After years of speculation about the Ugljevik III coal power project in Bosnia-Herzegovina, this week’s news is that the government wants to buy off Comsar Energy’s concession. Yet if the company hasn’t fulfilled the conditions from the contract, why should it be rewarded?
Majda Ibraković, Center for Environment, Banja Luka | 7 June 2019
Ugljevik power plant in Bosnia and Herzegovina. Photo: Mazbln (CC BY-SA 3.0)
In 2013, the Republika Srpska entity authorities in Bosnia-Herzegovina signed a concession contract with a little-known company called Comsar Energy, owned by Russian billionaire Rashid Sardarov, to build a 600 MW lignite power plant at Ugljevik, next to a smaller existing plant.
There was a flurry of activity around the project in 2013 and 2014 as an environmental permit was issued. The project looked set to be another one in a series built and financed by Chinese companies and banks in the region, but it was later reported that negotiations had come to nothing and the project stagnated.
In July 2017 the project seemed to reach a dead end when the Supreme Court of the Republika Srpska Entity cancelled the environmental permit for the project, after a challenge by the Center for Environment. But the Ministry of Spatial Planning, Construction and Ecology responded by issuing another permit without changing the environmental impact assessment or holding new public consultations.
In late 2018 a separate complaint process, via the Energy Community dispute settlement mechanism, resulted in an agreement by the Republika Srpska authorities not to use the existing environmental permit for the project, meaning that if the project is to go ahead, it would have to re-start the permitting process.
And indeed this is a big “if”.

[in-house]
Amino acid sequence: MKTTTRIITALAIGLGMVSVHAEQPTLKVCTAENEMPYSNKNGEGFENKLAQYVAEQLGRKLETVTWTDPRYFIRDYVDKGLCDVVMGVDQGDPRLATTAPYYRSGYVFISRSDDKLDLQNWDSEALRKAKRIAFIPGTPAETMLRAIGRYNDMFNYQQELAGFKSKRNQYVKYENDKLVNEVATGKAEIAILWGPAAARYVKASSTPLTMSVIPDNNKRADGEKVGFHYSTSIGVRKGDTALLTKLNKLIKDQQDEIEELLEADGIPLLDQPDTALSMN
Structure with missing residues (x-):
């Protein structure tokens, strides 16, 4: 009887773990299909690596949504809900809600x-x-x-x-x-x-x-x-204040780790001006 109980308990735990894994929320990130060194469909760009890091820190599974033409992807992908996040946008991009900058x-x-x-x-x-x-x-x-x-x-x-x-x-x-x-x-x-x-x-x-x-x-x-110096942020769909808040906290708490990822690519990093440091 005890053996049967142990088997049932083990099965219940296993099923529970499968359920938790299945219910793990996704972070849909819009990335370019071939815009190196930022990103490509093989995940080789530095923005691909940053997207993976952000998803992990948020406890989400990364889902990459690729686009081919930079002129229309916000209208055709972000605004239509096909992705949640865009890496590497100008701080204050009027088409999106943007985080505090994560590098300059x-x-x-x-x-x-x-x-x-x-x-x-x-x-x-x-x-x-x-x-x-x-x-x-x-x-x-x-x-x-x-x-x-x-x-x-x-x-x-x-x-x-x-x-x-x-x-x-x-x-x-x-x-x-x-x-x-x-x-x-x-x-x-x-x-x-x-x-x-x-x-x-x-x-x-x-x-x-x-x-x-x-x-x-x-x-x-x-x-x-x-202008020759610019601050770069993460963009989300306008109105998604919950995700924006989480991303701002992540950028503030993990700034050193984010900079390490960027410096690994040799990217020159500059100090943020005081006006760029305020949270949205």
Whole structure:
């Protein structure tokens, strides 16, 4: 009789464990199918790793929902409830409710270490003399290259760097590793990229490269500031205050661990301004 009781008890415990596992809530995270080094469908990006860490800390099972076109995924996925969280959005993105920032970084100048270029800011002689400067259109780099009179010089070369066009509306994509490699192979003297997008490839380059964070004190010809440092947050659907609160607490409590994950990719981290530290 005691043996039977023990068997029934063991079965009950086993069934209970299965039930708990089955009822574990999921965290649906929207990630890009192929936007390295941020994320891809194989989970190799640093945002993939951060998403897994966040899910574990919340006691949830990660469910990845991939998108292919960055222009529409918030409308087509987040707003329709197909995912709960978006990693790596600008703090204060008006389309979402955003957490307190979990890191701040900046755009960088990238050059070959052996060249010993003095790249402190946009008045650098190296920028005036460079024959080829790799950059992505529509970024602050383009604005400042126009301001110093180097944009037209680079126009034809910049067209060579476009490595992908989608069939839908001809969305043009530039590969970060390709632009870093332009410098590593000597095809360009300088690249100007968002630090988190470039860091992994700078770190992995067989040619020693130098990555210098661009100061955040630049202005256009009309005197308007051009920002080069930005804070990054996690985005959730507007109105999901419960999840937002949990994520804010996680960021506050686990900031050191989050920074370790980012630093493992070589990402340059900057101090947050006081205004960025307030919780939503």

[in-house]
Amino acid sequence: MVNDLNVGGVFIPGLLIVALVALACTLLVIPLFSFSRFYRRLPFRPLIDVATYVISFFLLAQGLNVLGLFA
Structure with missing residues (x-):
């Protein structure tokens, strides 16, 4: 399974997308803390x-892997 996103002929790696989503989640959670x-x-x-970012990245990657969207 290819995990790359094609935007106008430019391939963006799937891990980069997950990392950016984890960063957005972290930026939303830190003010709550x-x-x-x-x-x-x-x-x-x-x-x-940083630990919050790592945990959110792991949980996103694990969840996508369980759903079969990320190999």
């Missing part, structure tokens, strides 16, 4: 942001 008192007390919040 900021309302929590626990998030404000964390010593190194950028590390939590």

In its annual report on the implementation of concessions issued in April 2018, the Republika Srpska Concession Commission clearly stated that the concessionaire was not fulfilling its obligations and that low electricity prices were hindering the realisation of the project. But no recommendations were made on what to do about it.
In August 2018, local media reported that Comsar threatening to give up the project unless an extension of the concession from 30 to 45 years was granted, together with a reduction of the capacity from 600 MW to 350 MW because the plant would otherwise be unprofitable.
The only surprising thing about this is that it took so long. Coal plant construction has collapsed globally in recent years because of coal’s increasingly poor economics and widespread opposition.
Western Balkans governments are pushing blindly ahead with coal projects via subsidised state-owned companies that suffer losses in order to maintain unsustainable electricity prices and employment levels.
Just this week it has been confirmed that Republika Srpska’s state-owned electricity company, ERS, plans to buy off Comsar Energy’s concession for Ugljevik III. The likely cost has been cited at around EUR 90 million.
So let’s get this straight: Comsar Energy got a concession in 2013, and didn’t fulfill its contractual obligation to build the plant. But now it gets to sell its concession for an unprofitable coal plant back to the public sector for EUR 90 million? Why should we, as electricity consumers, pay for the omissions made in planning this project?
If the concessionaire didn’t fulfill its obligations, the contract should be cancelled, period. It took a risk, and lost. ERS doesn’t need yet another unprofitable new coal project on its hands – it already has Gacko II – and it certainly doesn’t have enough money to pay EUR 90 million for nothing.
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